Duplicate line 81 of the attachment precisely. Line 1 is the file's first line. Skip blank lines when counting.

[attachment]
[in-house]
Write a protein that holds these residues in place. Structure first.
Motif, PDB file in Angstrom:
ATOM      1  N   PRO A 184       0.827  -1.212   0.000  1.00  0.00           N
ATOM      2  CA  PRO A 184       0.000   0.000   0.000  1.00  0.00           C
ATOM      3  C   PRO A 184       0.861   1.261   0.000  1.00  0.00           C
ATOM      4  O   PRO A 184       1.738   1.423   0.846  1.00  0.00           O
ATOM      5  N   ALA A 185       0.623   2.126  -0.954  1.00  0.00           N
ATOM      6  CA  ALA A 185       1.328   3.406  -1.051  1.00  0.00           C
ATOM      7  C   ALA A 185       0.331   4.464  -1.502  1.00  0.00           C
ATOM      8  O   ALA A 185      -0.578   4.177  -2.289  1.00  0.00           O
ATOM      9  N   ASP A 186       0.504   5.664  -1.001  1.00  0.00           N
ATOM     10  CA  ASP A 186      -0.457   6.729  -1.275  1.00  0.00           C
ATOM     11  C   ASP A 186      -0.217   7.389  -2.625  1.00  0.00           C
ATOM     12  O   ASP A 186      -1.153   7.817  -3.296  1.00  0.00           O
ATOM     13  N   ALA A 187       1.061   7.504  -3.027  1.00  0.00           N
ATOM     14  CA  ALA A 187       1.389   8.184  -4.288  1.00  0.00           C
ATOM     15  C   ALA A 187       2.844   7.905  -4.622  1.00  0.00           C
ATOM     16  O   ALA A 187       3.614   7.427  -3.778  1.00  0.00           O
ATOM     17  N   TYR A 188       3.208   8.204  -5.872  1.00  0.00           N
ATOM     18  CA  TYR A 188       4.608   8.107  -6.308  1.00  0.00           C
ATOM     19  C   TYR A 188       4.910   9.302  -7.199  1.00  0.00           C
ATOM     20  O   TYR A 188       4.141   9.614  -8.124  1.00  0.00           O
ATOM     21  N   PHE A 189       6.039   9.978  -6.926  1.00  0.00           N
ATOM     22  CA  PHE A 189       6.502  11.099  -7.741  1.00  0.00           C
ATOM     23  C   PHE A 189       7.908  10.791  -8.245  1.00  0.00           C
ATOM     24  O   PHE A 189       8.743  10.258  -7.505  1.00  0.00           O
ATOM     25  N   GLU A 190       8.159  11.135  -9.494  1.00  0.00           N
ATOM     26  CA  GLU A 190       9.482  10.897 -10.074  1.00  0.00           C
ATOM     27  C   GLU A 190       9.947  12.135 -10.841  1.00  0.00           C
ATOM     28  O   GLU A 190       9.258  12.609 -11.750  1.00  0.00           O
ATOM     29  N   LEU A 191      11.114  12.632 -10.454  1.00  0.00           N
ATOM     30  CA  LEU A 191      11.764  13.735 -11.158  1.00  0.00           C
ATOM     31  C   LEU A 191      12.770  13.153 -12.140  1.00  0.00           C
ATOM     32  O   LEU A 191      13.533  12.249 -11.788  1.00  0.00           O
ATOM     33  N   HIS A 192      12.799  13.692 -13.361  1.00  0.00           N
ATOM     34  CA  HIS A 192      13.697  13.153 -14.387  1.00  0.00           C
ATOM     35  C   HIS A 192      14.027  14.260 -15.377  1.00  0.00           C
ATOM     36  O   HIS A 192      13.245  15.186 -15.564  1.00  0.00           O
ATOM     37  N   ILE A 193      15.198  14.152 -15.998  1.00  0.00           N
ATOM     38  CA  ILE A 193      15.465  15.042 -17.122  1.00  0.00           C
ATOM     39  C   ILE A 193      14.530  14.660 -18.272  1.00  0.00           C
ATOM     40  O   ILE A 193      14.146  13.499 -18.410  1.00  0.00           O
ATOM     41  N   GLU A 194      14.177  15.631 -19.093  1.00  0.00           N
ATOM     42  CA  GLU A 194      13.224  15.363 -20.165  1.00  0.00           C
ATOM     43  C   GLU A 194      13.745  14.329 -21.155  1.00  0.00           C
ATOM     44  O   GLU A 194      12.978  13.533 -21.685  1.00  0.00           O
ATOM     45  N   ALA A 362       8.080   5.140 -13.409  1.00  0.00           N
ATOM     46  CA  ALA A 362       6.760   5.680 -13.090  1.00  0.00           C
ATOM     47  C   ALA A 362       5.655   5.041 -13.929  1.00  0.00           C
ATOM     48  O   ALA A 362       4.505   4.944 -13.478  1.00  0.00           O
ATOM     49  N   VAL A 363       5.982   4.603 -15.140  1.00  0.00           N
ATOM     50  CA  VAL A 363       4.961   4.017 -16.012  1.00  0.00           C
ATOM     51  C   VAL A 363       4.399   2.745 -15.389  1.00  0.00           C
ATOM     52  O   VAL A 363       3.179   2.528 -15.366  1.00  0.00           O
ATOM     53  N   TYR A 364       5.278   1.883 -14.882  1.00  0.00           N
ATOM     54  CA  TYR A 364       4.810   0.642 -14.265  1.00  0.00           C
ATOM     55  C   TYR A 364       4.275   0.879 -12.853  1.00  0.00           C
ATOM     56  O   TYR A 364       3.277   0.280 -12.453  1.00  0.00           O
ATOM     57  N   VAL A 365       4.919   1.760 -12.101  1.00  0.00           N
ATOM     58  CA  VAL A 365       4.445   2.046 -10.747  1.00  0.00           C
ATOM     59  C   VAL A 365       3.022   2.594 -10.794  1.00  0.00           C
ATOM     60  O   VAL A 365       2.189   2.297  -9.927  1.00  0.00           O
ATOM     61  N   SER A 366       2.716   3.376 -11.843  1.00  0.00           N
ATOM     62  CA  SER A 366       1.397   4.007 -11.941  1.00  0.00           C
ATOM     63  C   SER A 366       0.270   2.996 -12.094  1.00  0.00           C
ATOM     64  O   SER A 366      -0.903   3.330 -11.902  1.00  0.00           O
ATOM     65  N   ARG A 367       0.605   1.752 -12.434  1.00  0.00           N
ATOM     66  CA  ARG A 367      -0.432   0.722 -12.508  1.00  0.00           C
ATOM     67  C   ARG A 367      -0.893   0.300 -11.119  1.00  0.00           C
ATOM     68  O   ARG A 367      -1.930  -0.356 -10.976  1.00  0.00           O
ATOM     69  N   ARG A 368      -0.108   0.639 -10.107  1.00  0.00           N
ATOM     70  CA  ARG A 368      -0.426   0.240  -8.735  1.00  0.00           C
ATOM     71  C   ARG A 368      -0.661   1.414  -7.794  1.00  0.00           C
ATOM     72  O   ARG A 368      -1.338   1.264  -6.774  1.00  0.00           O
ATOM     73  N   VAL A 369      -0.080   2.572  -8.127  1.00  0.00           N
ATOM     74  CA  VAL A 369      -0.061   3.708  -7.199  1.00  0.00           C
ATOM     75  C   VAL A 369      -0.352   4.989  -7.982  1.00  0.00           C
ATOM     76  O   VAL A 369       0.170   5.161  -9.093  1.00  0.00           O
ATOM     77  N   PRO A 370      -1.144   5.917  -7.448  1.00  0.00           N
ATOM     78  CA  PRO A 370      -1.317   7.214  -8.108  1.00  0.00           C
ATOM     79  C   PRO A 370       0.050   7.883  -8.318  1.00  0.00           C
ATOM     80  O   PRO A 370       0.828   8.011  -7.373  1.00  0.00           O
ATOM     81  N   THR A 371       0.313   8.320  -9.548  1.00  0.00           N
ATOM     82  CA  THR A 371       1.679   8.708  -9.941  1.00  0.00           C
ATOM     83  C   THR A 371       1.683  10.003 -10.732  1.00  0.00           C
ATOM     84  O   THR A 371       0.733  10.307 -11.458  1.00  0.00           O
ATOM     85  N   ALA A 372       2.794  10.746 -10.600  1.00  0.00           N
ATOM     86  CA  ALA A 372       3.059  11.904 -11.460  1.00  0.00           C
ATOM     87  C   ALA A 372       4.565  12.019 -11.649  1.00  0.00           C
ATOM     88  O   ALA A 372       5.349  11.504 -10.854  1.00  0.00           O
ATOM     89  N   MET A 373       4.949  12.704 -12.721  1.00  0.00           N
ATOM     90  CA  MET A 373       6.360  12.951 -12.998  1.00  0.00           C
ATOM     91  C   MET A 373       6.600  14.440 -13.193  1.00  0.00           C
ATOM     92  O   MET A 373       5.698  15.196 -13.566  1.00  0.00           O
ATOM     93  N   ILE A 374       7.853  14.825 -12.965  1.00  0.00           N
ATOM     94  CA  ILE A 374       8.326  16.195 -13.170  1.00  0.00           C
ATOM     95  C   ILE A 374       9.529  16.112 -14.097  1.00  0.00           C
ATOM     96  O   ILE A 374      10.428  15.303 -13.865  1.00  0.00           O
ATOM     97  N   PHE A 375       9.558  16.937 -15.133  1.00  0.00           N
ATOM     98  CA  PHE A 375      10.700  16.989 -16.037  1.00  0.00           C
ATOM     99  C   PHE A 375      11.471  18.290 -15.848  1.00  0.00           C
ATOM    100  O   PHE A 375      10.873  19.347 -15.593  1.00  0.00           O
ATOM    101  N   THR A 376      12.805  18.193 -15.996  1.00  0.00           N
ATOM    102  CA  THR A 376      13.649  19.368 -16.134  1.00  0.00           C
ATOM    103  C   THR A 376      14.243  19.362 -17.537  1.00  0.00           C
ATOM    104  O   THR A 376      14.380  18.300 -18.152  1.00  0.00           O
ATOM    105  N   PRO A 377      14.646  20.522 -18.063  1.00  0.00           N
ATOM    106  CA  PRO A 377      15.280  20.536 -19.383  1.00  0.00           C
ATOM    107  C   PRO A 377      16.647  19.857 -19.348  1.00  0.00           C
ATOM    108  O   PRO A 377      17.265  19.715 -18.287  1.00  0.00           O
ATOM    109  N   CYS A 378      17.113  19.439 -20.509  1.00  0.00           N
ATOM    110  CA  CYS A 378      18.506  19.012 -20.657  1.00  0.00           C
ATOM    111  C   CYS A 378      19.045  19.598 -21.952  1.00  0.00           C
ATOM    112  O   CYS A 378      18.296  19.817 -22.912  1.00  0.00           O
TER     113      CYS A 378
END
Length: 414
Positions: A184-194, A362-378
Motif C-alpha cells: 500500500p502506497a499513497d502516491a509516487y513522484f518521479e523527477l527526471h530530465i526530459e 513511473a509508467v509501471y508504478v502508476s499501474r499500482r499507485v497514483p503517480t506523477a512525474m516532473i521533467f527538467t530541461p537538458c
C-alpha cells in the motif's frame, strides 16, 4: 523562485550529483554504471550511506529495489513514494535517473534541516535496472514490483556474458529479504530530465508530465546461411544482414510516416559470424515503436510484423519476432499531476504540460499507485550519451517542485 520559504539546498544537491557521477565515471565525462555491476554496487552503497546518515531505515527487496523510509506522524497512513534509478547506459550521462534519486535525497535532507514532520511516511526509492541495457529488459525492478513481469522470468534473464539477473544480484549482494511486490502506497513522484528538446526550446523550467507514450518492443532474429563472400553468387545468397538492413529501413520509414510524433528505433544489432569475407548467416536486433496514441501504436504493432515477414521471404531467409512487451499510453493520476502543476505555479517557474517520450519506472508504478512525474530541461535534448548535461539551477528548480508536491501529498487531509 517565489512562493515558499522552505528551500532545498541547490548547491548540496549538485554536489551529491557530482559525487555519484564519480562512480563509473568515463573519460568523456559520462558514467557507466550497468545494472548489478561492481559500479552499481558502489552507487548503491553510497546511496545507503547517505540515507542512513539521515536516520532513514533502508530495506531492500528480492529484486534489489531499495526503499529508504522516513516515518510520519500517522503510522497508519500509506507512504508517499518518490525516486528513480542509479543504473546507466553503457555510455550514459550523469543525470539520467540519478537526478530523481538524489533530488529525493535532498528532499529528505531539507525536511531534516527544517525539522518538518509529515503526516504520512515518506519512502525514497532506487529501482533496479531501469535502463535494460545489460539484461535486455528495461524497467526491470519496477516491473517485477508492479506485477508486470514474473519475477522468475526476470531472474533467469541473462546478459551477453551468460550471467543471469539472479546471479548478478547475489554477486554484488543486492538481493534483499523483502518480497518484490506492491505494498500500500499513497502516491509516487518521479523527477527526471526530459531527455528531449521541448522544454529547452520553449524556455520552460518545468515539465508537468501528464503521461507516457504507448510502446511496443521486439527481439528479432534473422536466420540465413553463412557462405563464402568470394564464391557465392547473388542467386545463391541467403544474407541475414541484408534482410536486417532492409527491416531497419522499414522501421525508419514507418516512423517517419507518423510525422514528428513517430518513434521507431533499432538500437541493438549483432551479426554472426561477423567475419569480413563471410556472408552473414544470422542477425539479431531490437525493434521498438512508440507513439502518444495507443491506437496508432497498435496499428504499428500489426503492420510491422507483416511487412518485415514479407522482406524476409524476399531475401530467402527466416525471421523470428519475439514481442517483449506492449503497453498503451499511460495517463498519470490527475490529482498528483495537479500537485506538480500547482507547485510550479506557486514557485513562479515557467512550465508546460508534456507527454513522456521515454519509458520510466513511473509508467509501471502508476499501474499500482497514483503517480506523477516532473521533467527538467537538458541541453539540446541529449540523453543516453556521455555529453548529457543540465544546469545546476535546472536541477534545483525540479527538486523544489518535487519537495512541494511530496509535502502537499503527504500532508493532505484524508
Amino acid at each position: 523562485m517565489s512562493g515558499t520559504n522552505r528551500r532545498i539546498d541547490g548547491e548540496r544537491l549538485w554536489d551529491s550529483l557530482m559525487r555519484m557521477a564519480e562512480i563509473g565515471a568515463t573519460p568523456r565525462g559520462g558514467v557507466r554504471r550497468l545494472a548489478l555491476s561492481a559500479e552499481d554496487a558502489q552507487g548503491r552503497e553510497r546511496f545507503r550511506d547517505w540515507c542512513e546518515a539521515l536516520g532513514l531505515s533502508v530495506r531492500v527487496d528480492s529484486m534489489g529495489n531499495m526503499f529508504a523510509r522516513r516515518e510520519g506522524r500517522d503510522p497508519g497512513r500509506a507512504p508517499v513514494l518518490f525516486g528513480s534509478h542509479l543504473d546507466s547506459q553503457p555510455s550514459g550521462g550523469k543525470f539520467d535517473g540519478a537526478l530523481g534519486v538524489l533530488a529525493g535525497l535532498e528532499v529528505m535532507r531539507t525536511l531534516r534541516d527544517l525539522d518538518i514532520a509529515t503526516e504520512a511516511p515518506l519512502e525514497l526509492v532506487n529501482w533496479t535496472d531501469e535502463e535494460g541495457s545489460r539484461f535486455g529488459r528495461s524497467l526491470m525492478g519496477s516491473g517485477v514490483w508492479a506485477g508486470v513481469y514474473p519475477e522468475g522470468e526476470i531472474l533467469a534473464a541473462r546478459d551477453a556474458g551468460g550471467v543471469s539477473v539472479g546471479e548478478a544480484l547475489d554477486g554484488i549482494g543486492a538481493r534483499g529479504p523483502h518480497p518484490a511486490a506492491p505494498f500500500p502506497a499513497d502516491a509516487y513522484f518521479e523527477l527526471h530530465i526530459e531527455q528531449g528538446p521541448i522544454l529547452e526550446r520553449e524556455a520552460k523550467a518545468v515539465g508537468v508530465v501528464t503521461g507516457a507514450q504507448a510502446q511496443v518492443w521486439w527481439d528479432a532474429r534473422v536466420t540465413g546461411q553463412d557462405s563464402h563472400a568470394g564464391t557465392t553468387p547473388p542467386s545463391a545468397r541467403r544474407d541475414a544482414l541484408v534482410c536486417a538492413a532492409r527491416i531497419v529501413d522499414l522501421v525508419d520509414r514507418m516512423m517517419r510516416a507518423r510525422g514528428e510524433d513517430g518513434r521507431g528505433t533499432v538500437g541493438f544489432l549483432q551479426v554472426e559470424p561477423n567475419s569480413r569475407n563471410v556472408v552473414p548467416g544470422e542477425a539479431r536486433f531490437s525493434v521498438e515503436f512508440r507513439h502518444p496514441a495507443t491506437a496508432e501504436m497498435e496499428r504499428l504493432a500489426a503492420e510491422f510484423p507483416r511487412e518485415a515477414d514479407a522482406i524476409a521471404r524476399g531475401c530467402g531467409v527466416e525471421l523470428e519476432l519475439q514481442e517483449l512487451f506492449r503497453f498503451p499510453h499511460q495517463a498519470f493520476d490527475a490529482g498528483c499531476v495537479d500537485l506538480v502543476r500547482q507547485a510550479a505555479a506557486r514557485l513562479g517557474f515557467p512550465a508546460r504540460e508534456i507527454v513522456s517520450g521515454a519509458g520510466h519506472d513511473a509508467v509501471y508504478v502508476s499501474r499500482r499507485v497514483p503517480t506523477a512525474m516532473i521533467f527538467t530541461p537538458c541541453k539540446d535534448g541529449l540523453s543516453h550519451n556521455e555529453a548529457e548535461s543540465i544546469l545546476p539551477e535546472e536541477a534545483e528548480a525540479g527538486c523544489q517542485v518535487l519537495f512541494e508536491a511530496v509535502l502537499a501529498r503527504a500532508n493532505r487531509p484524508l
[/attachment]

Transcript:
ATOM     78  CA  PRO A 370      -1.317   7.214  -8.108  1.00  0.00           C